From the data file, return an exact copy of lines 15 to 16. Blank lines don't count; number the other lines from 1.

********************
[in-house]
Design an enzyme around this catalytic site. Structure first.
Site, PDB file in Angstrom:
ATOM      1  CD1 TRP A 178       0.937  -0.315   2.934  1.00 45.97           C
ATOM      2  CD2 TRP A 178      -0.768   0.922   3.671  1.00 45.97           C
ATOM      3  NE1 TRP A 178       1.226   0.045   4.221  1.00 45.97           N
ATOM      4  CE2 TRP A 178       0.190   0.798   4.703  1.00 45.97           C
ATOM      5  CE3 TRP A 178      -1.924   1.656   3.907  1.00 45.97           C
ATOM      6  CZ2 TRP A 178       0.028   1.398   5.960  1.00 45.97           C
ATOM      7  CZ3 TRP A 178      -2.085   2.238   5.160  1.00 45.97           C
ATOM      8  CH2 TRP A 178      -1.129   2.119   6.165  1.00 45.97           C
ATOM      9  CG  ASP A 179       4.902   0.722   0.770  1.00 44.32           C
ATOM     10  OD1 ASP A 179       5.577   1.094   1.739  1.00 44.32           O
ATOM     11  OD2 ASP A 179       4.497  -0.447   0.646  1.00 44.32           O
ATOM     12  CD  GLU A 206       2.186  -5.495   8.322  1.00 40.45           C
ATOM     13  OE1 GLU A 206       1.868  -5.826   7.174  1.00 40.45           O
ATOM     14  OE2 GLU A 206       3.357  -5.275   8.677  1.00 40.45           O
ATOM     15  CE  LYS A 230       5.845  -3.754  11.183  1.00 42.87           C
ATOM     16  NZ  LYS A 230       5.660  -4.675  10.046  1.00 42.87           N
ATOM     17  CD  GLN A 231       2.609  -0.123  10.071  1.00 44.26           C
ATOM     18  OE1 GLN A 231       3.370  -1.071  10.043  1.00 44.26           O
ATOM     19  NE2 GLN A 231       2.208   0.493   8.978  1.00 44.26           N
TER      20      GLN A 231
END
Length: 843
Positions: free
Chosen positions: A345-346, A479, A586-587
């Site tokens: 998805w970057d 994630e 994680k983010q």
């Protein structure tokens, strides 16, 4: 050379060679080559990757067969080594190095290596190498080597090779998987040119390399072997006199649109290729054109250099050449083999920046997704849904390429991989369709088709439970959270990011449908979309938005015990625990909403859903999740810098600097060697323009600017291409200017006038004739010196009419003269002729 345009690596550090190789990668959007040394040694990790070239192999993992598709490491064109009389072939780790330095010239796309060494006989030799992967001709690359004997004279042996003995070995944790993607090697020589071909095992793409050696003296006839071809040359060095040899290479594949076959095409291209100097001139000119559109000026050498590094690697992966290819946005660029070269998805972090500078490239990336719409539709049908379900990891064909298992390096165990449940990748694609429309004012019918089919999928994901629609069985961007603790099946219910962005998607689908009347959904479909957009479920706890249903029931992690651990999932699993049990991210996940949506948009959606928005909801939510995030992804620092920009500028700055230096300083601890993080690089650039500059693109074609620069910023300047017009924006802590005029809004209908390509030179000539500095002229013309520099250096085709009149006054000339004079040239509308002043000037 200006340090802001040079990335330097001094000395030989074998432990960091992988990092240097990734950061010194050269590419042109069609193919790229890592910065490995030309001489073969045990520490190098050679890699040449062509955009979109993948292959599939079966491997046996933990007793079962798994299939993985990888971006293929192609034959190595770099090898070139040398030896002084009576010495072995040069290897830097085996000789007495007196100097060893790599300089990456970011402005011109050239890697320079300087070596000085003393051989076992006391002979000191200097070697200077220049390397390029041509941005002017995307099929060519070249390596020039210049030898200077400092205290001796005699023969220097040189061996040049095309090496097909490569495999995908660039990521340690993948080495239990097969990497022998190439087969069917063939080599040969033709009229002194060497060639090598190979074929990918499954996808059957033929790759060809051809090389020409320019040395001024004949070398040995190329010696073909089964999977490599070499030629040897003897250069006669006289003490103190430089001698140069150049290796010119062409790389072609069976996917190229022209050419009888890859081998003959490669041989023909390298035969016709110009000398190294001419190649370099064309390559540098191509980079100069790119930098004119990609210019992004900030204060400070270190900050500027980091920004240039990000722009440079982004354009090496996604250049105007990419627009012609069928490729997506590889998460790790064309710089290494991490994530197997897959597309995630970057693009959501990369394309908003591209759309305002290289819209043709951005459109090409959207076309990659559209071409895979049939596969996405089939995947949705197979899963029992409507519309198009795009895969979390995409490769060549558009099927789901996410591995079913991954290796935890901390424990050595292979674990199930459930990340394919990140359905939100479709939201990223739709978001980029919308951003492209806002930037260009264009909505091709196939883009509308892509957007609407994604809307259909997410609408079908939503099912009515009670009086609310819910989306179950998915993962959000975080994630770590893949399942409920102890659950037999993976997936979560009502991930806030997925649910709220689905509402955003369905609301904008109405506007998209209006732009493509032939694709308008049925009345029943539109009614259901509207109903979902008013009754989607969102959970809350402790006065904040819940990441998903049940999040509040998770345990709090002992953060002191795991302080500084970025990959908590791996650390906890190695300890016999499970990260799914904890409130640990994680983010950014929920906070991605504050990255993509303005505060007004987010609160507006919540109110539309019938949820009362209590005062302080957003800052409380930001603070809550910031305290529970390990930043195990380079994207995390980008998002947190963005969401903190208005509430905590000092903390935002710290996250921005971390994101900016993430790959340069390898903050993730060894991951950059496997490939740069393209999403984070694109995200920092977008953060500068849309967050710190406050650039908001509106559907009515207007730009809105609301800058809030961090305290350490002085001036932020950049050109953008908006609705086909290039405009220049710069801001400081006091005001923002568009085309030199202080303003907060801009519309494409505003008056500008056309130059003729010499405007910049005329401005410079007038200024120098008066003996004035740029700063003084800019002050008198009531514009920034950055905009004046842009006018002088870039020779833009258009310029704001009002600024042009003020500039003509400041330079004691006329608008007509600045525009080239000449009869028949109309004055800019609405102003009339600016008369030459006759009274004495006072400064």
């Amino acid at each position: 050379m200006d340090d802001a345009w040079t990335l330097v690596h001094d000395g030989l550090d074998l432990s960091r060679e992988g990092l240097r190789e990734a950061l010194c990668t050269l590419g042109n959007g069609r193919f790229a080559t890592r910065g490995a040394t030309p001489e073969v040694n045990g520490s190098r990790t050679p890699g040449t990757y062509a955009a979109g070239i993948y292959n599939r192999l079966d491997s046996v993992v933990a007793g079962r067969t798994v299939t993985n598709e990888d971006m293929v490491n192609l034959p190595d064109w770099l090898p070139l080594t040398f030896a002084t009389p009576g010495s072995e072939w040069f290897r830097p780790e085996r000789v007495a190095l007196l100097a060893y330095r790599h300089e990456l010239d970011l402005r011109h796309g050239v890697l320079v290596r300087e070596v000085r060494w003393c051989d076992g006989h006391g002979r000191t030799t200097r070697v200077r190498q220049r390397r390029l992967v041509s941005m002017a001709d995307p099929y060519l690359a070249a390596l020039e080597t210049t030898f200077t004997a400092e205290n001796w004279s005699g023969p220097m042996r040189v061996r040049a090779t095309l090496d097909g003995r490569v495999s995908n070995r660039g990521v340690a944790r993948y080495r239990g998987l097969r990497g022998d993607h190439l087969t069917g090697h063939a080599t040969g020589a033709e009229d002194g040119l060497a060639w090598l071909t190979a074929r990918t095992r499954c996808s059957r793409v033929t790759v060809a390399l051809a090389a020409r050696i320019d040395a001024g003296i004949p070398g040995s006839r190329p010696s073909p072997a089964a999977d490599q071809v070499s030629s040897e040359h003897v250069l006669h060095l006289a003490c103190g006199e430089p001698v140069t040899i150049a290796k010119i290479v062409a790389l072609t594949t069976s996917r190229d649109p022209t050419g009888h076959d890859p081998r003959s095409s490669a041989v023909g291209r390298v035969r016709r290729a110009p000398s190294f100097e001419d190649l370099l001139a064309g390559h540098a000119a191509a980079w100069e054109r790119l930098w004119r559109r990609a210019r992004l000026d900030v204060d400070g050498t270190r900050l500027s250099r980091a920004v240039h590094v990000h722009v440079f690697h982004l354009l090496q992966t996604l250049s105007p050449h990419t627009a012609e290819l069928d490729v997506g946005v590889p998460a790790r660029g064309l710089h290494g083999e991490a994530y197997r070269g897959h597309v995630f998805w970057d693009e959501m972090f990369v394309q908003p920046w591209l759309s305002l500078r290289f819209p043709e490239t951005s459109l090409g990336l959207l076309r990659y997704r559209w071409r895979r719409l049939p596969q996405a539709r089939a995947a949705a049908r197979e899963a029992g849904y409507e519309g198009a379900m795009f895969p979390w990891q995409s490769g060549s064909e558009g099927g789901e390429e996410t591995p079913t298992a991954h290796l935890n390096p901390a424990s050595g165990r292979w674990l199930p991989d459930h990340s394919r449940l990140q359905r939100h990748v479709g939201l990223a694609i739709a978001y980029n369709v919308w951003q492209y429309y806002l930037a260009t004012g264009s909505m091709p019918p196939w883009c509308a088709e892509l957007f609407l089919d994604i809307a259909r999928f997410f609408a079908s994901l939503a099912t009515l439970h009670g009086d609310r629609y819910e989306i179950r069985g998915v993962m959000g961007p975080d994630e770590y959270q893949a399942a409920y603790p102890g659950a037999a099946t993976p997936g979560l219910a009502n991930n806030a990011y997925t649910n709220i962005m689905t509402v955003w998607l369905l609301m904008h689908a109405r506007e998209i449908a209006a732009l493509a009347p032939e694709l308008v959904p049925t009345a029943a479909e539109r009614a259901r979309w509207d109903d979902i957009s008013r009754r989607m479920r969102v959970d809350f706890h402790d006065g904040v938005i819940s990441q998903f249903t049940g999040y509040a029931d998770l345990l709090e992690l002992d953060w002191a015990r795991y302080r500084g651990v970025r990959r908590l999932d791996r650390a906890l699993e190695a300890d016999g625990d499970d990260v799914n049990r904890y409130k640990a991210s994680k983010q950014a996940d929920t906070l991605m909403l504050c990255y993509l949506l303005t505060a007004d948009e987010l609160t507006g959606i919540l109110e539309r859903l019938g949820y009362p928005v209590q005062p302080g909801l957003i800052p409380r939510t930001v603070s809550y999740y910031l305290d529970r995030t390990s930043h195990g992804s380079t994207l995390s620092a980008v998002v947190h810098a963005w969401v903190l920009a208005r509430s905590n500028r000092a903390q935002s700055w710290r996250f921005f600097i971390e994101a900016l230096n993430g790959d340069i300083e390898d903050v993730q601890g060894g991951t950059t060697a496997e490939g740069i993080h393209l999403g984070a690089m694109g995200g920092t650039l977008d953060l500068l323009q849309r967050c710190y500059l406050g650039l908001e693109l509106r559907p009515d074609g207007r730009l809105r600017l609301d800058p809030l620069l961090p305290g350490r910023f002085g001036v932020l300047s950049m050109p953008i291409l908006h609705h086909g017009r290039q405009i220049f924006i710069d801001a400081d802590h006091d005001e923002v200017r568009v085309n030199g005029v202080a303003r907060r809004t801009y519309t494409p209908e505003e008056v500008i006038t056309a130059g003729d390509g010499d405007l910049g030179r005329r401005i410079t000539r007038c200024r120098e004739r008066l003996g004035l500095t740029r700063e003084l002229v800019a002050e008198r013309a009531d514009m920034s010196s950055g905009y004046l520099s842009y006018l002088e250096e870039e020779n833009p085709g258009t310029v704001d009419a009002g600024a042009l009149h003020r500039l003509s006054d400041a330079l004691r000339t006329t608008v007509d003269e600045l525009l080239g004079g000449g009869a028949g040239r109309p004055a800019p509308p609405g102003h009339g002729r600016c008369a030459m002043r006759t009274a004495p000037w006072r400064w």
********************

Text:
ATOM     12  CD  GLU A 206       2.186  -5.495   8.322  1.00 40.45           C
ATOM     13  OE1 GLU A 206       1.868  -5.826   7.174  1.00 40.45           O